I buy these shelf-stable packages of Tasty Bite pre-cooked Madras Lentils at the grocery store (in the Natural Foods section at Fred Meyer) or Costco. They contain 2 servings per package, but I’ve found the whole package to be a nice amount for lunch.

Water, Tomatoes, Lentils, Red Beans, Onions, Cream, Salt, Butter, Sunflower Oil, Chilies, Cumin.

All you have to do is tear the top of the pouch about two inches, toss the whole thing in the microwave for 90 seconds, and then pour it into your favorite bowl.

photo 1

Like so.

photo 2 The lentils will be piping hot at this point. To boost my veggie intake for the day, and to add some crunch, I pile on a big heaping handful of spinach leaves. The hot lentils will wilt the spinach slightly, but you can return it to the microwave for another 60 seconds or so if you like your spinach (1)Voilá! A 300 calorie lunch packed with Vitamin A, fiber, B-Vitamins, essential amino acids, and trace minerals, made in under two minutes. Throw a kiwi (or other Vitamin C rich food) onto your plate to increase your iron absorption from the lentils and spinach, and dig in!photo 4

Calories: 307, Carbohydrate: 37 gm, Protein: 8 gm, Fiber: 11 gm. Vegetarian. Gluten-free.

For The Love Of Food

This scrumptious pile of perfectly steamed crab, paired with a chilled glass of a fantastic local white wine, a bit of homemade Cajun aioli, and a plate of wilted spinach with lemon was dinner last night. And what a treat!

We picked up the live crab from a local seafood market, steamed it at home, then spent the next hour talking and eating, while picking luscious, buttery crab meat from the shells. It was tender and rich, and a dab of garlicky aioli was a perfect accompaniment to every bite. Washed down with a crisp, fruity wine…..mmmmm.

Its so satisfying to source beautiful, local, seasonal foods from markets or growers, spend some time learning how to cook and eat them, and then share and enjoy the meal with other people. To discover and appreciate all the flavors and textures and subtleties of whole foods in their natural, unprocessed state.

This is what I love the most about food.


You’ve been warned.

I’m trying to use up all of last week’s food before the weekend: roasted sweet potatoes, baked salmon, quinoa with red peppers, and kale/spinach salad with radishes. Not too shabby for a Wednesday afternoon!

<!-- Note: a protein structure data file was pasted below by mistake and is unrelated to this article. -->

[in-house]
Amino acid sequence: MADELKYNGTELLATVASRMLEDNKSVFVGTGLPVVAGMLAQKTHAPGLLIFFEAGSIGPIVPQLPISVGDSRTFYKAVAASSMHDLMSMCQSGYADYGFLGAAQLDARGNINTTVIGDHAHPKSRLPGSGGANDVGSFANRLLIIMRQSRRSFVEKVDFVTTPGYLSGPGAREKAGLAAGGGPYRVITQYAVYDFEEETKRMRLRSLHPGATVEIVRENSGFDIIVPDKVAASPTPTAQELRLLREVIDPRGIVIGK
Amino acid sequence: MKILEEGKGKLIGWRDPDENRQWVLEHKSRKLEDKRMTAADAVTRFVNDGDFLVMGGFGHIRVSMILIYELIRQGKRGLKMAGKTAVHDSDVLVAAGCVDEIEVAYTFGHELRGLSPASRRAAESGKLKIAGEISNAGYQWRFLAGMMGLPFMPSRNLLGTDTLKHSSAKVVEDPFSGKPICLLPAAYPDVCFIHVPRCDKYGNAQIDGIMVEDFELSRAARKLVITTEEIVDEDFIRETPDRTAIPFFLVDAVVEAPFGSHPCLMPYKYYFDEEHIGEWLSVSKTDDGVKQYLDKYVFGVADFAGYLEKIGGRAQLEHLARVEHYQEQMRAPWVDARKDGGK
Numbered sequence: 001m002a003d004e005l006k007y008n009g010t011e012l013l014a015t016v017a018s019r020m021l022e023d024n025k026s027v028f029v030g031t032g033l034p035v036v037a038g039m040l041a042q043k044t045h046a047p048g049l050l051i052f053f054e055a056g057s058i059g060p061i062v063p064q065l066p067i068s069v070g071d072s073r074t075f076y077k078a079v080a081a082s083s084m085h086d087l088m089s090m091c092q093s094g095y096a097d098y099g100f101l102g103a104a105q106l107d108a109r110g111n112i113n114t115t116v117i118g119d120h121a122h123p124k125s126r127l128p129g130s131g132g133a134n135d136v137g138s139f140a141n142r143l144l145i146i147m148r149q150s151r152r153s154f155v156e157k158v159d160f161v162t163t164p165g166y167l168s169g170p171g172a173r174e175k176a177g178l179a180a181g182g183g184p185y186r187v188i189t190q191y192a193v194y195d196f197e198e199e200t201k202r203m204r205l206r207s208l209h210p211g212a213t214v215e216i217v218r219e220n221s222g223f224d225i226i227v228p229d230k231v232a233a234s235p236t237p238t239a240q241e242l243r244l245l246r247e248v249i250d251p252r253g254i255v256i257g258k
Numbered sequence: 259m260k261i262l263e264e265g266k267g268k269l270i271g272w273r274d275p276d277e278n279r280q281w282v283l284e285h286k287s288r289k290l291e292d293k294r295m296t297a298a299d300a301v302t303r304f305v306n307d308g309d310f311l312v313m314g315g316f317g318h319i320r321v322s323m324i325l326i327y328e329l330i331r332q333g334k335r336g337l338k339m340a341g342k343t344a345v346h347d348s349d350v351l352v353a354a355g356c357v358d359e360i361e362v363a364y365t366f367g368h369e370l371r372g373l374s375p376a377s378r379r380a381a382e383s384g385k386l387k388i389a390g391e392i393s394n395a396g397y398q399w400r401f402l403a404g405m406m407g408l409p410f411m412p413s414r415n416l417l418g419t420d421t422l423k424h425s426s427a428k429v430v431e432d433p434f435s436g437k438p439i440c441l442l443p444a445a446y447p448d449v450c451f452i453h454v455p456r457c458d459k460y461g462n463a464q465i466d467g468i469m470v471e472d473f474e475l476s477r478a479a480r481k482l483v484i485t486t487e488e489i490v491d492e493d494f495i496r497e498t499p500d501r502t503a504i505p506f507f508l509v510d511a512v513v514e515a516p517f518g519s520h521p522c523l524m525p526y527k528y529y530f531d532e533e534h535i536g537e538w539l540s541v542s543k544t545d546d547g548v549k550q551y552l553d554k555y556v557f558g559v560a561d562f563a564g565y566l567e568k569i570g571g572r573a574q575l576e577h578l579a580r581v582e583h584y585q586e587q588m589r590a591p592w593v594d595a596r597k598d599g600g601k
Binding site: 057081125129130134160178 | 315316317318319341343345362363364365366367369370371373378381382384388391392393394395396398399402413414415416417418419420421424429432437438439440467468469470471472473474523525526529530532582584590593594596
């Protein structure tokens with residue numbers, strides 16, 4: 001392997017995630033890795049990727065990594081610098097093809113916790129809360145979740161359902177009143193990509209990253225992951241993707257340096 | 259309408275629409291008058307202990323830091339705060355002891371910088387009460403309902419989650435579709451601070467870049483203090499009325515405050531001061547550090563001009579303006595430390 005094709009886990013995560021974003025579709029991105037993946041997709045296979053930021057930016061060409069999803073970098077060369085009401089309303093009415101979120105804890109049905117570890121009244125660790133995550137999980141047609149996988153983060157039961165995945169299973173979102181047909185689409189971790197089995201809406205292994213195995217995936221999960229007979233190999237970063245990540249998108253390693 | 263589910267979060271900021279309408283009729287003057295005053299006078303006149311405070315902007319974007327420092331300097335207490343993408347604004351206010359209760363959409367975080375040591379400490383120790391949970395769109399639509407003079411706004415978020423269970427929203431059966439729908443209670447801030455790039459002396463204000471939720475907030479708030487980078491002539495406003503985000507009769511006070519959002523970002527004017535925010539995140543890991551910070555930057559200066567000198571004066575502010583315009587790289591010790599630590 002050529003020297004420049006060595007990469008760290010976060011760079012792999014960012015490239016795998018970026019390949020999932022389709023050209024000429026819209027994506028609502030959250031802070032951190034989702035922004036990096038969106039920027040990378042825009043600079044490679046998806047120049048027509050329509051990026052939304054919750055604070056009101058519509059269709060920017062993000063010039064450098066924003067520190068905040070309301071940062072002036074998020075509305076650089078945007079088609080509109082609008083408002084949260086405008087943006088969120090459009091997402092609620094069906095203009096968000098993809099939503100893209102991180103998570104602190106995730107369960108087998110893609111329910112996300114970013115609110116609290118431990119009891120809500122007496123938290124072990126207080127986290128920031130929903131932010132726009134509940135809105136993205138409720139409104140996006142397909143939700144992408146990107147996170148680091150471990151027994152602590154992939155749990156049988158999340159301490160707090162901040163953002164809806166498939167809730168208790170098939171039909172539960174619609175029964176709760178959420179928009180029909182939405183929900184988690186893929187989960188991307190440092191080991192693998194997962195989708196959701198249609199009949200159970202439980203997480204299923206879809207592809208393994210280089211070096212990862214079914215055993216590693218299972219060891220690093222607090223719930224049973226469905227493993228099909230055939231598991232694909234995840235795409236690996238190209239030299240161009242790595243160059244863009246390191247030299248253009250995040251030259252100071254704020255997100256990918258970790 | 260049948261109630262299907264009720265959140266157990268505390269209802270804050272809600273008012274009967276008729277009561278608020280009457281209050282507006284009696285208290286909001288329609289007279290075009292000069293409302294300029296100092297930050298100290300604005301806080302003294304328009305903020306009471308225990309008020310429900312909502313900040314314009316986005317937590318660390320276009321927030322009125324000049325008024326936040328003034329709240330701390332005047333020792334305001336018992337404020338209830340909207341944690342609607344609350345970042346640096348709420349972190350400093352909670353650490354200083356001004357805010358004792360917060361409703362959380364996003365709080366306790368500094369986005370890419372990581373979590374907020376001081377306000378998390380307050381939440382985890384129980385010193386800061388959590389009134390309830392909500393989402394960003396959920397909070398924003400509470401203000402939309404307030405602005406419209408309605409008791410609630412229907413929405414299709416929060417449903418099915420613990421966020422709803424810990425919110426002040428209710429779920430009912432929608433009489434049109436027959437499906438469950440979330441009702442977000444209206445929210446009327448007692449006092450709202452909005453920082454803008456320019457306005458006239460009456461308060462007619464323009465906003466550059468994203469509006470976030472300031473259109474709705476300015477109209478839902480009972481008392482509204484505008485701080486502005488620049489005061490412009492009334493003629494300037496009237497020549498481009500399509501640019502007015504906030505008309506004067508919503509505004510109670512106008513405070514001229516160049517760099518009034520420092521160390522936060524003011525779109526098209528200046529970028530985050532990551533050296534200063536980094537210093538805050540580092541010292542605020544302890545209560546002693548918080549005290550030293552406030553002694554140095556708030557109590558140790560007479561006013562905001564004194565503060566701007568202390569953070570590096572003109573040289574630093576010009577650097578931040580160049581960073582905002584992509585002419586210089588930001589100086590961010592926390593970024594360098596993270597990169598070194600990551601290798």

Dinnertime Drama

I was thinking about this photo the other day during a relatively peaceful dinner with my kids. I think we were having grilled cheese sandwiches and tomato soup. I snapped this grainy photograph of Luke, then only 4 years old, nearly a year ago during a particularly frustrating episode of what I have dubbed Dinnertime Drama. It was when the idea of a family-life/diabetes blog first blinked into the atmosphere of my creative musings. Surely, I had thought, other families must have similar challenges. Why not share mine? At the very least, writing about moments such as these might help to quell the desperation I sometimes feel as a single parent trying to toe my own line.

Some context–Luke was diagnosed with diabetes just 6 weeks shy of his second birthday. His diet still consisted, in large part, of Cheerios, applesauce, yogurt, noodles, and breastmilk. When he returned home from the hospital several days later with two terrified parents who were just learning how to wield a syringe, there wasn’t much thought as to what he was eating so much as whether he was eating enough to fend off scary middle-of-the-night (or anytime, really) hypoglycemic episodes. The thing about injection therapy is that there’s not much room for finicky toddler food-refusal power plays when you have blood glucose-chomping long-acting insulin on board. And a 25-lb child who didn’t show symptoms of hypoglycemia until he fell into the 30’s. So it often went like this: